Most reviews of the evidence on vitamin D and type 2 diabetes or insulin resistance find that observational studies show associations between vitamin D deficiency and an increased risk of diabetes, but that more evidence is needed from intervention trials to be conclusive (Al-Shoumer and Al-Essa, 2015; Garbossa and Folli 2017; Lips et al. 2017; Muñoz-Garach et al. 2019; Wallace et al. 2016). A review of trials did find that people with low levels of vitamin D benefited in a number of ways from vitamin D supplementation in relation to diabetes and obesity-related outcomes (Zou et al. 2021). Vitamin D deficiency may also contribute to the development of related metabolic diseases, including metabolic syndrome (Park et al. 2018).

Reviews of the mechanisms connecting vitamin D to type 2 diabetes or insulin resistance shows that a variety of mechanisms may be involved, including inflammation, beta cell death or dysfunction, oxidative stress, and epigenetics (Berridge 2017; Leung 2016; Palomer et al. 2008; Szymczak-Pajor and Śliwińska, 2019).

Certain populations may be more at risk of vitamin D deficiency and its effects, including, for example, obese adolescents. Most observational studies of vitamin D in obese adolescents have found associations between low vitamin D levels and insulin resistance, and clinical trials have reported beneficial effects (Peterson et al. 2014). People with insulin resistance or type 2 diabetes should get their vitamin D levels checked, and bring their levels up to ensure they are not deficient; supplementation could be beneficial in these cases (but not necessarily if people are already vitamin D sufficient) (Gröber and Holick, 2019).

Reviews of Vitamin D and Diabetes Complications

A review of vitamin D and type 1 diabetes finds that vitamin D (and omega 3 supplementation) could "provide potential benefits, mainly when done early in the diagnosis, since it reduces the need for insulin and the risk of complications generated by the disease." (Bastos et al. 2022).

A review of vitamin D and diabetic retinopathy finds that "Vitamin D demonstrates a protective role on the development and progression of diabetic retinopathy by reducing blood sugar, hypertension and atherosclerosis, but randomized studies are still needed to establish the direct causal relationship" (Totolici et al. 2022).

A review finds that vitamin D is linked to lower long-term blood glucose leves (HbA1c) in people with diabetes (Akhter et al. 2024).

An Epidemic of Vitamin D Deficiency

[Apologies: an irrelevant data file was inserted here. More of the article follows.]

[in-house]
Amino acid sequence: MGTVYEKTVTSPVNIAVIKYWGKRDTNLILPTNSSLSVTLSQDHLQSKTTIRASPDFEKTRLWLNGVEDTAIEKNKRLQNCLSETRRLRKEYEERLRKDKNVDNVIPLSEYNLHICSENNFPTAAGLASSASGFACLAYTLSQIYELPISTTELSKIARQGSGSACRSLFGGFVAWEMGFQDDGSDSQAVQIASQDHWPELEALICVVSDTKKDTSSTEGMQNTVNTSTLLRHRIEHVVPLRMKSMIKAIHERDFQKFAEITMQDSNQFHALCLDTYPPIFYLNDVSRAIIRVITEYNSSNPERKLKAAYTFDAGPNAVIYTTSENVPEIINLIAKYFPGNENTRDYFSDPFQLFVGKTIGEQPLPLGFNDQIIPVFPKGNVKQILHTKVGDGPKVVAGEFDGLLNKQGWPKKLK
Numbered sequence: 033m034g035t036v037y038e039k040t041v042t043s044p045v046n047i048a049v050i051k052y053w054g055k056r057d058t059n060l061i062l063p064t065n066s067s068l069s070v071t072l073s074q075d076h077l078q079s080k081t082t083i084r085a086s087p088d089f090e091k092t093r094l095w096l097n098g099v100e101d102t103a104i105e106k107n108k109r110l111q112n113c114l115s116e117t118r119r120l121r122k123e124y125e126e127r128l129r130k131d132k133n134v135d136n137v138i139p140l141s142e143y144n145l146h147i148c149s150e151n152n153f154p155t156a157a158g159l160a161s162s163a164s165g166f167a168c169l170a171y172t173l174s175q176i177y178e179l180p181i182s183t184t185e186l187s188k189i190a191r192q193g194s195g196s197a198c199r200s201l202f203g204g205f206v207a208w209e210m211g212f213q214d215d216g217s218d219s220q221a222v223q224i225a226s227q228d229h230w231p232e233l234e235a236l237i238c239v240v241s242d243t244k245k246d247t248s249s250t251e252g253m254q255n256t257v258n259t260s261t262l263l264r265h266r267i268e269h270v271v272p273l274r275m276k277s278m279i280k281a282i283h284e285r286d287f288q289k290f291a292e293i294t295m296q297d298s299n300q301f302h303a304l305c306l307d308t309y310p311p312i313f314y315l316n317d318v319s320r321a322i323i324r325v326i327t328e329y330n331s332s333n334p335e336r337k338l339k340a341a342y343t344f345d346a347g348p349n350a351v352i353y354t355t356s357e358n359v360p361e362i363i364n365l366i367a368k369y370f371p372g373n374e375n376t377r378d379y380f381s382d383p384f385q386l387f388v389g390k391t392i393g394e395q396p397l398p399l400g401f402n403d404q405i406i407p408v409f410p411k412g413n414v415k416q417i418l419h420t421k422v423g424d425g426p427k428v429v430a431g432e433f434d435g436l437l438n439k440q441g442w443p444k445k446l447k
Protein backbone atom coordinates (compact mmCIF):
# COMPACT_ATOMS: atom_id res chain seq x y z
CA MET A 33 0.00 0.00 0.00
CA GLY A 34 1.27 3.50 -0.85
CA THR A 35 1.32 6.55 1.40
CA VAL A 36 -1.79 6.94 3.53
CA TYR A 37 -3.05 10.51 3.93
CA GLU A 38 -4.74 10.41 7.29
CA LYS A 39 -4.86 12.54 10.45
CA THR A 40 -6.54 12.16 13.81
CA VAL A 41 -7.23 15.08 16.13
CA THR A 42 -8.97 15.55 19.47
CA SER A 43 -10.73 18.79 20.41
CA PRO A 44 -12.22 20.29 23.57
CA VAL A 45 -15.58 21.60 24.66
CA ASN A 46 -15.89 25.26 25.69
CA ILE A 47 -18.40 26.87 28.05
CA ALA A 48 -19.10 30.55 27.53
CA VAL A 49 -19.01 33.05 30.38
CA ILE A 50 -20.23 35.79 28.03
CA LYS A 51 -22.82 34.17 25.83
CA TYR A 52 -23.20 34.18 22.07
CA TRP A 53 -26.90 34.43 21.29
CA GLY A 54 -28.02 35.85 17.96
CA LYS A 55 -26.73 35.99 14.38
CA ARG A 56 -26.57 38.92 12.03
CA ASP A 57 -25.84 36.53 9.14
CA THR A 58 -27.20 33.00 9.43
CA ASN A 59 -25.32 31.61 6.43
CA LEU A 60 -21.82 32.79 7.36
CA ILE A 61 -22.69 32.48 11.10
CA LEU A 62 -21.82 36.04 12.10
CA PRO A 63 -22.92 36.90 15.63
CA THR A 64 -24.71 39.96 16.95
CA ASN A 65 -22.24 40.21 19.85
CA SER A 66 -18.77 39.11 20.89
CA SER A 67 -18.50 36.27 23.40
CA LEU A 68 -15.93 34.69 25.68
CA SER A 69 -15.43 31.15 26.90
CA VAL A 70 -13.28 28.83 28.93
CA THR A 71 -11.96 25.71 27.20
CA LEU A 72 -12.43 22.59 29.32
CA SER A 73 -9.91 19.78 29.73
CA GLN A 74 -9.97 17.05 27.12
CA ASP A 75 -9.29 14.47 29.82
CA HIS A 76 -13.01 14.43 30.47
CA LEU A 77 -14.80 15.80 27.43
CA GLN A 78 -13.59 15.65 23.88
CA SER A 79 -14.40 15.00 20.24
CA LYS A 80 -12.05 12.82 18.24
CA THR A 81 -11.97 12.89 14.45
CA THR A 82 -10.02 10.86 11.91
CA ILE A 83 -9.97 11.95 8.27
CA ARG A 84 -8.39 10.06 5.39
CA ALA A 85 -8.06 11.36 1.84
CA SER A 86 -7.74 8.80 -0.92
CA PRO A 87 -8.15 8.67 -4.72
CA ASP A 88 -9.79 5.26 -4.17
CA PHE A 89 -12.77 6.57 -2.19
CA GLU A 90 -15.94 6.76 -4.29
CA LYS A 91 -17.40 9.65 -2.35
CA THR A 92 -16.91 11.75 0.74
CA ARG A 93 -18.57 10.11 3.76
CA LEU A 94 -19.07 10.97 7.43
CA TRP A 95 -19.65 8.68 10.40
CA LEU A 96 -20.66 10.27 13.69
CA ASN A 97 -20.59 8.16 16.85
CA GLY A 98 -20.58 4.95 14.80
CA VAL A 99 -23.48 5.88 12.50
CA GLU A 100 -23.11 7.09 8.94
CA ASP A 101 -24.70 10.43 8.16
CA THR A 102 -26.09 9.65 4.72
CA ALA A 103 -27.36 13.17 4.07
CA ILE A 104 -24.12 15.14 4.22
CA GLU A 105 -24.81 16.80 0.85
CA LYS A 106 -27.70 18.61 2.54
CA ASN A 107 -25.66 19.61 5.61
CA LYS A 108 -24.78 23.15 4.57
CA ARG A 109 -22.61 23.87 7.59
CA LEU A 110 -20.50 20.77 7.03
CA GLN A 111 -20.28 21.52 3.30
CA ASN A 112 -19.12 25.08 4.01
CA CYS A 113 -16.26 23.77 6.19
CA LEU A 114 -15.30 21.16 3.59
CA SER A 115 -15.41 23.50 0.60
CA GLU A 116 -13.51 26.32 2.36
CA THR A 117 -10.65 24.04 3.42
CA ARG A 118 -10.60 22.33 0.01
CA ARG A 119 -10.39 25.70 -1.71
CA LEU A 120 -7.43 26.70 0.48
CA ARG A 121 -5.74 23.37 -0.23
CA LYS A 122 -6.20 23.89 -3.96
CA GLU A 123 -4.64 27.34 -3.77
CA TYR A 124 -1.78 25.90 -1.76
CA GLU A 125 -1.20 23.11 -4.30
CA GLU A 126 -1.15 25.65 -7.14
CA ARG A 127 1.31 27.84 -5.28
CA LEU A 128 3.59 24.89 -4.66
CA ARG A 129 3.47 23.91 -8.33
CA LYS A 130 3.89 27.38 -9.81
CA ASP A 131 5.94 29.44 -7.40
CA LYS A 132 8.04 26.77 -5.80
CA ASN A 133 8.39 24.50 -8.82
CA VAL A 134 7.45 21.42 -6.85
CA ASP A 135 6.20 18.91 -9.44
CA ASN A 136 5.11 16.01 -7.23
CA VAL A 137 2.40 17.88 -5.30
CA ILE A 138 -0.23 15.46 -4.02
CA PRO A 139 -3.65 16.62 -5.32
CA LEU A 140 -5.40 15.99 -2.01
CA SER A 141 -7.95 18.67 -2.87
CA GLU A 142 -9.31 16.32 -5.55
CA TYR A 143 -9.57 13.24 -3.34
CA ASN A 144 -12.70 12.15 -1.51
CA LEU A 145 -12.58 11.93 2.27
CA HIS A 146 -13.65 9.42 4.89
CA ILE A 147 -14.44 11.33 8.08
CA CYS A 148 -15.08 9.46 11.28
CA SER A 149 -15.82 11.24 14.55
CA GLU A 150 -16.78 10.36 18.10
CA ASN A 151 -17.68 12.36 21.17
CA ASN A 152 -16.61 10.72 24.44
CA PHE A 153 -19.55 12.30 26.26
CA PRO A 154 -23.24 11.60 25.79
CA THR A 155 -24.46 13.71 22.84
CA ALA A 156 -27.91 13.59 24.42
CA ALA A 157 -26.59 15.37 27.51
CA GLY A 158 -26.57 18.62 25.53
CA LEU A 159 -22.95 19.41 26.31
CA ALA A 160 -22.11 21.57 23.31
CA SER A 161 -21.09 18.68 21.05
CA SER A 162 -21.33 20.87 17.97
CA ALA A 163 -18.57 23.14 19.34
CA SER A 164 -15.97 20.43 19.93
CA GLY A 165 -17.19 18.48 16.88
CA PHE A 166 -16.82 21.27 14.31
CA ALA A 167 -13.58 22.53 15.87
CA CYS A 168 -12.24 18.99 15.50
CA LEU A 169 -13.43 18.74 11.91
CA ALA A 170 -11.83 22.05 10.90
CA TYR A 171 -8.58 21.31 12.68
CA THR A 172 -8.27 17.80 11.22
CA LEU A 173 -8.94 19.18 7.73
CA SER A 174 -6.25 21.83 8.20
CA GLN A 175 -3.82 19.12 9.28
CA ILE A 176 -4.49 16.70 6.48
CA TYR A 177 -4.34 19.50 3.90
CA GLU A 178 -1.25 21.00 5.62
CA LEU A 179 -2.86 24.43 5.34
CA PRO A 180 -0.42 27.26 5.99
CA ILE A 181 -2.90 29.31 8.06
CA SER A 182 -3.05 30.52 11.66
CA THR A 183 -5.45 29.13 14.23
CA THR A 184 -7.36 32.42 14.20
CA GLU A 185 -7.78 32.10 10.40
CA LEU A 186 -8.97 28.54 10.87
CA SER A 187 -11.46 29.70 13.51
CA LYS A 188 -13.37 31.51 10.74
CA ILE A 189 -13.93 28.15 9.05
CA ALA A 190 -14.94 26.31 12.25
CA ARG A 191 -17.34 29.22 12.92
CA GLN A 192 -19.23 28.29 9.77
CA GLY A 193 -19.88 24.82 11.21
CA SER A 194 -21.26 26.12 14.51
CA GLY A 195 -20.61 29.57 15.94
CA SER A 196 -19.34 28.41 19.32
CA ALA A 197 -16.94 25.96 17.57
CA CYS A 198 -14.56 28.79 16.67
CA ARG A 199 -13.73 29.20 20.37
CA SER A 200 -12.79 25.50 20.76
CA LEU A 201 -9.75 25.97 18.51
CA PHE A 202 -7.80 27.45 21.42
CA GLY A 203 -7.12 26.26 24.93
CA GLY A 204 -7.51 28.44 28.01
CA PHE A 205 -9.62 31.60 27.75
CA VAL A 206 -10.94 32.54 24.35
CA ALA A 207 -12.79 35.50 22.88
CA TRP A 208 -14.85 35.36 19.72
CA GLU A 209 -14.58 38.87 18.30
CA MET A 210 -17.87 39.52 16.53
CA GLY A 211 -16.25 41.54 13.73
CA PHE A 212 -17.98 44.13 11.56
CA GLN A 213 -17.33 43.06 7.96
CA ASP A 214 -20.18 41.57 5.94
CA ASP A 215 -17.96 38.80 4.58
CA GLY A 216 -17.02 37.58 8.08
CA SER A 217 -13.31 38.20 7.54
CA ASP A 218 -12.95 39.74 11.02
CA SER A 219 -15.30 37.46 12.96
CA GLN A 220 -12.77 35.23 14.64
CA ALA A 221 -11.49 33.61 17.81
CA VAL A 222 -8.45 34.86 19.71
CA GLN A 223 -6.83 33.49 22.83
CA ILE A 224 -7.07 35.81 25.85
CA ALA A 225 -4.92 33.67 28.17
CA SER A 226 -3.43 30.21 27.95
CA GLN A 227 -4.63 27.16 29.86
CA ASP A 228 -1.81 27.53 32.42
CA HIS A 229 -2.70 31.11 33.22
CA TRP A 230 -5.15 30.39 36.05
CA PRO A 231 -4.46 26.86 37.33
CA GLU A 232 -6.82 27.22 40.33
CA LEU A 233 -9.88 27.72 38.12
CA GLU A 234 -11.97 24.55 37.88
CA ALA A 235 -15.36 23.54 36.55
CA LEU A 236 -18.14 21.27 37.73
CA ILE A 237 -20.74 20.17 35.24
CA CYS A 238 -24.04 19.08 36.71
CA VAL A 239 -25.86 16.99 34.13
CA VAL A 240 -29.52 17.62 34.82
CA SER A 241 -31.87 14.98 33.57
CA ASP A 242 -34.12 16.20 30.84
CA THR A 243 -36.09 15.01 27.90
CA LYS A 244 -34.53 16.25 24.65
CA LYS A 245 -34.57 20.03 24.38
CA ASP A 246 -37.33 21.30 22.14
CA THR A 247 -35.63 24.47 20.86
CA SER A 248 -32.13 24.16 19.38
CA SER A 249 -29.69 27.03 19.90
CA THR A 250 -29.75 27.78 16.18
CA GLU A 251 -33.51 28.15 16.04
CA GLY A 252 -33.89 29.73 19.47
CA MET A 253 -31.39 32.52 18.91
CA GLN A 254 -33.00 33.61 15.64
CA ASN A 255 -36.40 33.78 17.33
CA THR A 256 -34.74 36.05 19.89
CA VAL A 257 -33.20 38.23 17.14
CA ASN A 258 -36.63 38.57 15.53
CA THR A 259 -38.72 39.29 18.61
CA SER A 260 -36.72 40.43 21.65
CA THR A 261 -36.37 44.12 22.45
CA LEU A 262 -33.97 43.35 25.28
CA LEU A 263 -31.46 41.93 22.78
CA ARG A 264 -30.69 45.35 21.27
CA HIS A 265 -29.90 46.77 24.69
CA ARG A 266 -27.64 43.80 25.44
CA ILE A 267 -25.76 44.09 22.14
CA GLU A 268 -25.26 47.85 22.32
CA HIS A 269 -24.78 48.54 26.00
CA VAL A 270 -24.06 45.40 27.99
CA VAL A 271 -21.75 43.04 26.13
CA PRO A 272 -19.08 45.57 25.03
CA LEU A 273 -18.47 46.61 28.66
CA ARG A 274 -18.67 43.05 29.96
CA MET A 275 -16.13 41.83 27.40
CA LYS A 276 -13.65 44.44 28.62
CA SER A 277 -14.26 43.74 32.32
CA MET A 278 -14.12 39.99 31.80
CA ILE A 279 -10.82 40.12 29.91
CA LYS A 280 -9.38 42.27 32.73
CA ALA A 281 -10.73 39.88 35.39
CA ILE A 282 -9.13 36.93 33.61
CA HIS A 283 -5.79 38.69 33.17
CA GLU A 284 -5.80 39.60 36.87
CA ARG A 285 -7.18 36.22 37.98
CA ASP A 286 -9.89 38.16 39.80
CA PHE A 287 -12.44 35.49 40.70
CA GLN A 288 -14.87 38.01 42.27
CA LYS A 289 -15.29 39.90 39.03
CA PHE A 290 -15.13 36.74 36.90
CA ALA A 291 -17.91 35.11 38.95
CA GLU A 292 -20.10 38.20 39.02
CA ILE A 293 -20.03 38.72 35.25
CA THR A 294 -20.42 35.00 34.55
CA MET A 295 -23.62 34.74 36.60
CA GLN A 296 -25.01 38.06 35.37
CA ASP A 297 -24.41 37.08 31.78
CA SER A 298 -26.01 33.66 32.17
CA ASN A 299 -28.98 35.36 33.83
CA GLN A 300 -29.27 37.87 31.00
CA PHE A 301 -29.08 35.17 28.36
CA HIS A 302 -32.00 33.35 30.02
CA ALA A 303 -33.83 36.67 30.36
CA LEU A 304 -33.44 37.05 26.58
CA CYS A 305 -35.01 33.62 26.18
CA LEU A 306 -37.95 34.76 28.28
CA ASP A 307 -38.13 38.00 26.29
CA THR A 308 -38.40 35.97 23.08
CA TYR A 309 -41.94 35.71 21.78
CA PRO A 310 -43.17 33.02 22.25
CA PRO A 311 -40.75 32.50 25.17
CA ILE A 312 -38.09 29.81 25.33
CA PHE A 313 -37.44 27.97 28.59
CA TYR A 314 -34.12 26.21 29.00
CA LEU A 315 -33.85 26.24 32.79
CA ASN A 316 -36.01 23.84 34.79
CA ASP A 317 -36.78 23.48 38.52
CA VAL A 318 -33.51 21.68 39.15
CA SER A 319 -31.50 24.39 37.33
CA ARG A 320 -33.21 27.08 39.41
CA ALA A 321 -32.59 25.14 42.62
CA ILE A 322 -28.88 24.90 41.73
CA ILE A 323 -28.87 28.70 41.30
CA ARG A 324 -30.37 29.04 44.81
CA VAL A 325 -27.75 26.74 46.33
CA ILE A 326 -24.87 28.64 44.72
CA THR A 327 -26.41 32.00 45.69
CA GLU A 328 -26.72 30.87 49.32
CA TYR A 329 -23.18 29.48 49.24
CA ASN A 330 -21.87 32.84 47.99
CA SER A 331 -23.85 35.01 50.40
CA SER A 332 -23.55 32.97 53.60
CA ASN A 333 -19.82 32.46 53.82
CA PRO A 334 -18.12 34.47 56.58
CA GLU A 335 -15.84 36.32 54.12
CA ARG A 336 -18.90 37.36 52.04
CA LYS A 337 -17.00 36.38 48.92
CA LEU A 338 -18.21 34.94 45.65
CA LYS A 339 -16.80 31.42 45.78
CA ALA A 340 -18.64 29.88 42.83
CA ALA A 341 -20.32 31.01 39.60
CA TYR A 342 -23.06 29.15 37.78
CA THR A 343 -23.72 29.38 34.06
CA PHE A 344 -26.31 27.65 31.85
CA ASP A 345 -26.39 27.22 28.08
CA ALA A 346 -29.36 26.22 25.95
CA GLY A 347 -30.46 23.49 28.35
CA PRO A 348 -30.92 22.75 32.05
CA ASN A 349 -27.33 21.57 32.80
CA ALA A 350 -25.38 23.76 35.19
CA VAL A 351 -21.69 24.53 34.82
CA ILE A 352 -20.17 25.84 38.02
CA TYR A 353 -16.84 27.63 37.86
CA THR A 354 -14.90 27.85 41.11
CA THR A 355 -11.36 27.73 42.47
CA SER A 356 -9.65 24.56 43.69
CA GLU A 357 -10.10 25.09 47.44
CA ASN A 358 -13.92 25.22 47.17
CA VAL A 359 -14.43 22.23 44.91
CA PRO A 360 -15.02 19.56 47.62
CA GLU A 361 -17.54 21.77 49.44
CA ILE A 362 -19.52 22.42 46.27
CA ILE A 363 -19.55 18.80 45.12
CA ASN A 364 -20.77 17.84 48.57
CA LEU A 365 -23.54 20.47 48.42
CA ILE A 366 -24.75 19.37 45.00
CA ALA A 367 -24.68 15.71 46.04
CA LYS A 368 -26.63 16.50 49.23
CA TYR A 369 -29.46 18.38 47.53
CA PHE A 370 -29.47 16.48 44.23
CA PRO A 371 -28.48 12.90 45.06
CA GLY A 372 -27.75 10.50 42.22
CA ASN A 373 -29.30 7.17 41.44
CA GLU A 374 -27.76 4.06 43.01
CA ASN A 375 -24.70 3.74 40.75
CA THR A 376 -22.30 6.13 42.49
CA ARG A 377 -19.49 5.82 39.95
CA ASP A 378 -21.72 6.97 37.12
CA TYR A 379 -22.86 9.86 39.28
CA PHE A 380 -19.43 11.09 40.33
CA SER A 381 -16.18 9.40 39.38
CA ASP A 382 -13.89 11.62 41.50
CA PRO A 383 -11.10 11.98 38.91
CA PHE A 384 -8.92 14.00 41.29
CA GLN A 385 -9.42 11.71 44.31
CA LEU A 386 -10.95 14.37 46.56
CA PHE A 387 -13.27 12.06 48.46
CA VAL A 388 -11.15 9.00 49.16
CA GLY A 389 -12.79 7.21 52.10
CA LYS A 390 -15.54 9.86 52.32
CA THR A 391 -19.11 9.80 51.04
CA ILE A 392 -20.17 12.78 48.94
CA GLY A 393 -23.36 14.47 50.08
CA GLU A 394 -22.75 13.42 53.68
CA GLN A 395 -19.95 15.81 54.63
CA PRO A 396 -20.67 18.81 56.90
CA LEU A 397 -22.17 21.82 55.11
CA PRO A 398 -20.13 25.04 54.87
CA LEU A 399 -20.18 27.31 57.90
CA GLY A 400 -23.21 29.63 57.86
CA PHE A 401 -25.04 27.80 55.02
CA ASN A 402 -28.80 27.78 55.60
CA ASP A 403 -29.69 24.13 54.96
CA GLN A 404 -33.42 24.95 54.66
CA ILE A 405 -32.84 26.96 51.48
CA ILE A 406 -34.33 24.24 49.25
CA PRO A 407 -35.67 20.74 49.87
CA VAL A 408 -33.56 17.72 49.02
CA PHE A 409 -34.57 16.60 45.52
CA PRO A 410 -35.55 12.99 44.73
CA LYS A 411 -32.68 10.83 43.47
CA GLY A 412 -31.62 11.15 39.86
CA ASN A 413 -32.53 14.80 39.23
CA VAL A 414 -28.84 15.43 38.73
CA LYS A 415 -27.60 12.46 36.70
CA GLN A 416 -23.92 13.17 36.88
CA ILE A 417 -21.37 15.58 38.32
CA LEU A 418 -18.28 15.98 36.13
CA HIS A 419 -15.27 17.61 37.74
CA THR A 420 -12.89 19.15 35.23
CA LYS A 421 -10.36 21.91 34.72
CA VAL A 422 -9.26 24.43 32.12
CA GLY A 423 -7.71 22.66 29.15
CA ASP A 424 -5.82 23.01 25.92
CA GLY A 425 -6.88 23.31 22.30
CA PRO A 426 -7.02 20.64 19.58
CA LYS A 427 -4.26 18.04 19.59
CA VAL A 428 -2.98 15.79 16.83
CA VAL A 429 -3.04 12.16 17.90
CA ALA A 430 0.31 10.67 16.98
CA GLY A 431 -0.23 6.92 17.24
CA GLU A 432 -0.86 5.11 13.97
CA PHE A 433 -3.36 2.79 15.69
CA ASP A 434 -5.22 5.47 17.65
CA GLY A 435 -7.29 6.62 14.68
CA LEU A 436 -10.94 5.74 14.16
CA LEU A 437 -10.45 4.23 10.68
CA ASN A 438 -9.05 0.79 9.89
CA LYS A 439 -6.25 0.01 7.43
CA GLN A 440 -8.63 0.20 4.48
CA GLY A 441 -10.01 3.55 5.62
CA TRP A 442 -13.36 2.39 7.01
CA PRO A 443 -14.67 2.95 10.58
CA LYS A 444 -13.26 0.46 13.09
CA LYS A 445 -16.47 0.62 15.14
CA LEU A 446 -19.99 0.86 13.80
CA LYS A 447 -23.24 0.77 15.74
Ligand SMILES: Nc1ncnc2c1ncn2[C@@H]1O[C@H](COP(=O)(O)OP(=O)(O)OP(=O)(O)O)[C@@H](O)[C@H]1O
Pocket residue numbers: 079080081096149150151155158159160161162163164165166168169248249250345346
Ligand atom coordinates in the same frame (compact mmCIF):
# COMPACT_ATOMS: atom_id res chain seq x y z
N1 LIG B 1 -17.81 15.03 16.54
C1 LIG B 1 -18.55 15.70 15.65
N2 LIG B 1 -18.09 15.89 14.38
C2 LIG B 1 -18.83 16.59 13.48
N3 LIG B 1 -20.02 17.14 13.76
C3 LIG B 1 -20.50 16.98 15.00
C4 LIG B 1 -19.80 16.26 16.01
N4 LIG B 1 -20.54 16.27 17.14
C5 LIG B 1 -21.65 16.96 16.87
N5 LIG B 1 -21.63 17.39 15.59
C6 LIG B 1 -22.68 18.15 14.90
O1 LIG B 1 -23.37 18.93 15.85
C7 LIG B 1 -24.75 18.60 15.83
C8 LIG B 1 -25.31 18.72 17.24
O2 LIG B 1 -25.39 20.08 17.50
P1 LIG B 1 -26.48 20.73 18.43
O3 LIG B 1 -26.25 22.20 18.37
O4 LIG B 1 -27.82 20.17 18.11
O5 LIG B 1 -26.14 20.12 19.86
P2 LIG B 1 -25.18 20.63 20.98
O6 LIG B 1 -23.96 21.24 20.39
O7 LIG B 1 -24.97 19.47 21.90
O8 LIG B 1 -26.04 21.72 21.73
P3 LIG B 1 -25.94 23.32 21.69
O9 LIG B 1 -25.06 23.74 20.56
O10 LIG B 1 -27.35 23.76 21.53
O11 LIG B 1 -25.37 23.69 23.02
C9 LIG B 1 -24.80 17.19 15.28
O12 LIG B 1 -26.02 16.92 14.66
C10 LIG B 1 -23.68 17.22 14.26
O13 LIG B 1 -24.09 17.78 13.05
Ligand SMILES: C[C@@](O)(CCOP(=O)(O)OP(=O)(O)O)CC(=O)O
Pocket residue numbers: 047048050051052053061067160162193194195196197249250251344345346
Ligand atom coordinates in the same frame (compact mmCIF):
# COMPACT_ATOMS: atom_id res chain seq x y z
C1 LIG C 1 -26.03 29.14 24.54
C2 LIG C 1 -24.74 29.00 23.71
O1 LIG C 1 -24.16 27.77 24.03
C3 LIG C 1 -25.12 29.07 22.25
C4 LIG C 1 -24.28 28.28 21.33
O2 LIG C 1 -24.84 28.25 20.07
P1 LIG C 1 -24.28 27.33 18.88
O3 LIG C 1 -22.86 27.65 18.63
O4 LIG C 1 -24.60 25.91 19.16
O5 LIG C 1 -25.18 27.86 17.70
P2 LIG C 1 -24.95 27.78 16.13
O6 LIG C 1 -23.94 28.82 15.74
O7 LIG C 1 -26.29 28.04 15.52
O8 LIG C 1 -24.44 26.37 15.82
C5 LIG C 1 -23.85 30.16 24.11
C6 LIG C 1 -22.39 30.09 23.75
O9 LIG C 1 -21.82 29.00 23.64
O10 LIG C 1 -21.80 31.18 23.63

One surprising thing that most of the studies on this page have in common is the finding that many people have insufficient levels of vitamin D in their bodies-- even people who live in regions with bountiful sunshine (e.g., in Florida (Bierschenk et al. 2009), the Mediterranean region (Karras et al. 2016; Díaz-Rizzolo et al. 2022), the Middle East (Singh et al. 2019), and India (Daga et al. 2012; Sharma et al. 2019). Ginde et al. (2009) found that based on a nation-wide sample, 77% of the U.S. population has insufficient vitamin D levels (including nearly all African Americans and almost all Mexican Americans). In addition, levels of vitamin D have declined in the U.S. population, comparing the periods 1988-1994 to 2001-2004. Even in the hot, sunny climate of Saudi Arabia, most people tested were vitamin D deficient (Al-Daghri et al. 2014). I just don't think sunshine is enough.

Mohr et al. (2008) suggest that children over age 1 who live more than 30 degrees from the equator (that includes almost all of the U.S.), take 1000-2000 IU vitamin D3 per day, especially during the winter, "to substantially reduce their risk of type 1 diabetes." The current U.S. recommendations are only 200 IU vitamin D per day, a level that is inadequate to address the growing epidemic of vitamin D deficiency (Ginde et al. 2009). Others recommend that children under 1 receive 1000 IU/day, older children 3000 IU/day, and young adults even more (Papadimitriou 2017). I don't know enough to make recommendations here; please contact your doctor. During pregnancy, the current recommendations of 200-400 IU per day are likely inadequate to maintain normal levels of vitamin D during pregnancy and lactation (Mulligan 2010). Parents of children at risk of developing type 1 might take note and supplement. And, during the sunnier months, parents might also try the "leave no child indoors" method of vitamin D "supplementation." Although, be aware that while the urban myth may argue that adequate vitamin D can be obtained from the sun, it appears that few US residents make adequate vitamin D even without sunscreen, at any time of the year (Godar et al. 2012).